Tom Long was a 19th century celebrity, known the length and breadth of New Zealand and newspapers regularly reported his antics in detail. He was a habitual criminal but did not commit crimes of great moment – his specialities were drunkenness, disorderly behaviour and vagrancy. He was reportedly convicted on over 200 occasions but Tom Long was best known for a more sinister reason – he was a known killer, the Government’s hangman.
His career is hard to track. He claimed he started his killing in the Indian army but his first New Zealand execution can be dated to Picton in early 1877 when he hanged William Woodgate, previously found guilty of the murder of a child he had fathered on his niece Susan, then only 14.
Locals were disgusted by Long who, while adjusting the cap on Woodgate’s head, had said “Good bye old fellow, I wish you a pleasant journey. You’re only going a few days before us; perhaps I might follow you tomorrow, or the next day, myself.”
There was speculation as to the hangman’s identity. After the hanging he quietly left the rear of the gaol and raced to the port, where he boarded the Hinemoa for Wellington.
From there, Tom Long went to Hawke’s Bay, where he was imprisoned for drunkenness. In late 1879 he complained of police harassment. Charged for using obscene language, he said he had hanged a man in the South Island and it was always brought up against him, agitating him and making him use bad language. He said he was always being “run in” by some policeman, with a charge of obscene language added.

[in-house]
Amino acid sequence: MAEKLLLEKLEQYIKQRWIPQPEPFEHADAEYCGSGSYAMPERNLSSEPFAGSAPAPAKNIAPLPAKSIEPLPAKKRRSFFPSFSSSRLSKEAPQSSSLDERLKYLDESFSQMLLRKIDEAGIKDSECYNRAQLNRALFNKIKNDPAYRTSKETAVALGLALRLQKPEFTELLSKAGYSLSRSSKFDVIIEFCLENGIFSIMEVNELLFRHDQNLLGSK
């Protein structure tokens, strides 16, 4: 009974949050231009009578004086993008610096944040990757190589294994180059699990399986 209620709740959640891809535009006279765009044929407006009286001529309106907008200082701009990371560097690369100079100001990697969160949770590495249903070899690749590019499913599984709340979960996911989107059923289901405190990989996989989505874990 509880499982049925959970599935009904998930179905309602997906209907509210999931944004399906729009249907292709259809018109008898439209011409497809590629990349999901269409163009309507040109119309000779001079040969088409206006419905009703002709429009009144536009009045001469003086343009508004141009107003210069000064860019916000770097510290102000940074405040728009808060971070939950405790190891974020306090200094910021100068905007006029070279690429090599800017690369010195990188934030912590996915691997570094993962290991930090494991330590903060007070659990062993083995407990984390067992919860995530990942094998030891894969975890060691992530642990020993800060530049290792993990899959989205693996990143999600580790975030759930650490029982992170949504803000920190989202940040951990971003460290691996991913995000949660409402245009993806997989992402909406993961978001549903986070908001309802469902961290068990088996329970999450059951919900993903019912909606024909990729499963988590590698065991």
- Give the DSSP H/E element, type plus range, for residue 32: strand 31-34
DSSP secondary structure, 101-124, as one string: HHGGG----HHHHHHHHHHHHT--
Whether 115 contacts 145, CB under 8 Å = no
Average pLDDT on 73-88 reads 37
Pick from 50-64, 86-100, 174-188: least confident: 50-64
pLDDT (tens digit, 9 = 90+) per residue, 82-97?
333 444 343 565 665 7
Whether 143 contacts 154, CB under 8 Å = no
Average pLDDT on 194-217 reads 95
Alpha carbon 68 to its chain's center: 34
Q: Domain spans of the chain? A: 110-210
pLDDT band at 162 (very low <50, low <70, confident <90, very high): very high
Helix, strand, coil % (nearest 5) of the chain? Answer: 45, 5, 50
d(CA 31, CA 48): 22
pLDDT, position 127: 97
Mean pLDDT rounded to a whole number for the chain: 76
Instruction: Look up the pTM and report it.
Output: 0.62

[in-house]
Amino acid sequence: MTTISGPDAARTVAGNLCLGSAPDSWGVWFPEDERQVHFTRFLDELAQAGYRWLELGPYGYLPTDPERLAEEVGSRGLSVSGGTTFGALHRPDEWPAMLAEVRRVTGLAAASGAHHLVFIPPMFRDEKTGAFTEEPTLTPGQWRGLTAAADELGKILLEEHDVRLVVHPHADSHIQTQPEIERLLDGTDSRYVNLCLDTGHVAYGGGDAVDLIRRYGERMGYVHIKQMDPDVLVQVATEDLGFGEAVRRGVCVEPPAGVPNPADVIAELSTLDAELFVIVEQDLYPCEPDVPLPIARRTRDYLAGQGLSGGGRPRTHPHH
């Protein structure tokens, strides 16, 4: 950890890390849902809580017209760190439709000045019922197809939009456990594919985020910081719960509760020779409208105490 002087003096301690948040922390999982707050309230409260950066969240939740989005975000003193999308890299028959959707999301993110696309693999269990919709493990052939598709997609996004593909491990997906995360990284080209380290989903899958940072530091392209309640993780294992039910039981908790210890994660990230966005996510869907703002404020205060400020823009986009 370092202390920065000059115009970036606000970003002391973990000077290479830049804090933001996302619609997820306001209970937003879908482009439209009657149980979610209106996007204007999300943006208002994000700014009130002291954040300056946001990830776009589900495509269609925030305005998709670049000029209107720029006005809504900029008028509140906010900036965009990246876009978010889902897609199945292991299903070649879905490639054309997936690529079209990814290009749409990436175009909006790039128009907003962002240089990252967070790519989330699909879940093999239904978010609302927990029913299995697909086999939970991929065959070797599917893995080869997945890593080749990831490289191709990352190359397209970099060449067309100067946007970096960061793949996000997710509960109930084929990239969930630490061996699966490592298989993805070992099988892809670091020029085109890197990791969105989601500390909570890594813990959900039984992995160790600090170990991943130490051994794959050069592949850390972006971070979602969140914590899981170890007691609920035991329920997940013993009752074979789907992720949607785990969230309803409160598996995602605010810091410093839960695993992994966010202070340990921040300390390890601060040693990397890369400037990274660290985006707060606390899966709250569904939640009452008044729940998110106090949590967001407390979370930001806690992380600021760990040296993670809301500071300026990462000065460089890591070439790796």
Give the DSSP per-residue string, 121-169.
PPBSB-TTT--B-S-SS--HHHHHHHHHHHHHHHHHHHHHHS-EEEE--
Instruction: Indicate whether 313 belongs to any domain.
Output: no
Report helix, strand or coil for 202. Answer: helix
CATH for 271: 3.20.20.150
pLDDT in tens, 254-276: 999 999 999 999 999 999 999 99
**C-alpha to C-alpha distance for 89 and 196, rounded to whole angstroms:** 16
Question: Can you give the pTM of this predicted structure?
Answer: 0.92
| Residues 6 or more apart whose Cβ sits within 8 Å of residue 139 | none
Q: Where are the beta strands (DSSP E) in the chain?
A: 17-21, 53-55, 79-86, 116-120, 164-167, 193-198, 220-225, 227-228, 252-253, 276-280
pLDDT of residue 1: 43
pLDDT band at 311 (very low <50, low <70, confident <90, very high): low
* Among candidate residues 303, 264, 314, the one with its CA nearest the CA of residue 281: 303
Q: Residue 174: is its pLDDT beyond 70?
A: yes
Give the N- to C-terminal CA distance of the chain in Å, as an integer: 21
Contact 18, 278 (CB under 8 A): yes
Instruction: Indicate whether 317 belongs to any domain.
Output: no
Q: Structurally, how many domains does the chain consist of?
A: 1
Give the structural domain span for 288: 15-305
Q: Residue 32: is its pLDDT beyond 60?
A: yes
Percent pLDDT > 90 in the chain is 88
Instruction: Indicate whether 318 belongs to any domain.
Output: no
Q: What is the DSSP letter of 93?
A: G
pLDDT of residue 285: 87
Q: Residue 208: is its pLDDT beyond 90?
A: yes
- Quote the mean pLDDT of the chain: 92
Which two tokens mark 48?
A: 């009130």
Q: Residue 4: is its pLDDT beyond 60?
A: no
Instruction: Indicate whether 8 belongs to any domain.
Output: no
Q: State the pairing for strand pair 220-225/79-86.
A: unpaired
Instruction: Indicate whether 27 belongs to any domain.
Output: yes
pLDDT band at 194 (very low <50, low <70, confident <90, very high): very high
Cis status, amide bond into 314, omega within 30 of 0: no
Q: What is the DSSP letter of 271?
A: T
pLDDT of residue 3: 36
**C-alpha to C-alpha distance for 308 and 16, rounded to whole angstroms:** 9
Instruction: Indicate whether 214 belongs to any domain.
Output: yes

He was a suspect in January 1881 when John Pierce was killed in a fire at Napier’s Albion Hotel. Tom Long had been found drunk near the hotel, having previously said he would do something that would make the headlines. The coroner’s jury decided the fire was very suspicious but Tom Long was not charged.
In court in 1884 he complained the Hawke’s Bay Herald had referred to him as the “notorious Tom Long”, saying they had taken his character away, suggesting he should be called the “meritorious Tom Long”.
His most famous case was the hanging of Williamina “Minnie” Dean, who had been convicted of killing the baby Dorothy Carter and was suspected of having killed other young illegitimate children. Although there was widespread revulsion at Dean’s crimes there was also general disquiet at her execution.
During the 1890s Tom Long was a swagger, living in lower North Island where he became a well-known, if not well-liked, figure. At least twice, he came close to meeting the traditional fate of hangmen – being hanged.
He told a football team, travelling in a train from Taihape of his part in Minnie Dean’s tragedy. The footballers were upset and one of the players tried hanging him from the hat rack by using a rope he had been using as a belt. He was rescued by the conductor.
Later, a remarkably similar event took place at the Tauherenikau Hotel just north of Featherston. After losing money at the races Long tried to auction Minnie Dean’s boots and hotel patrons had a noose around his neck when he was rescued by the publican.
Long’s last victim was James Ellis, also known as John McKenzie, who had killed Leonard Collinson at Te Awaiti Station. He was found guilty, and hanged in Wellington’s The Terrace gaol in 1905.
Tom Long, New Zealand’s Irish-born hangman, died in December 1908 while bush-felling at Kuangaroa near Wanganui. A tree fell on him and his death was ruled as accidental, but those who knew him and his reputation were sceptical, thinking the death was planned, the tree being deliberately felled. True or not, it would have been a dramatic death for the man who had been the country’s biggest killer, for many years New Zealand’s official executioner.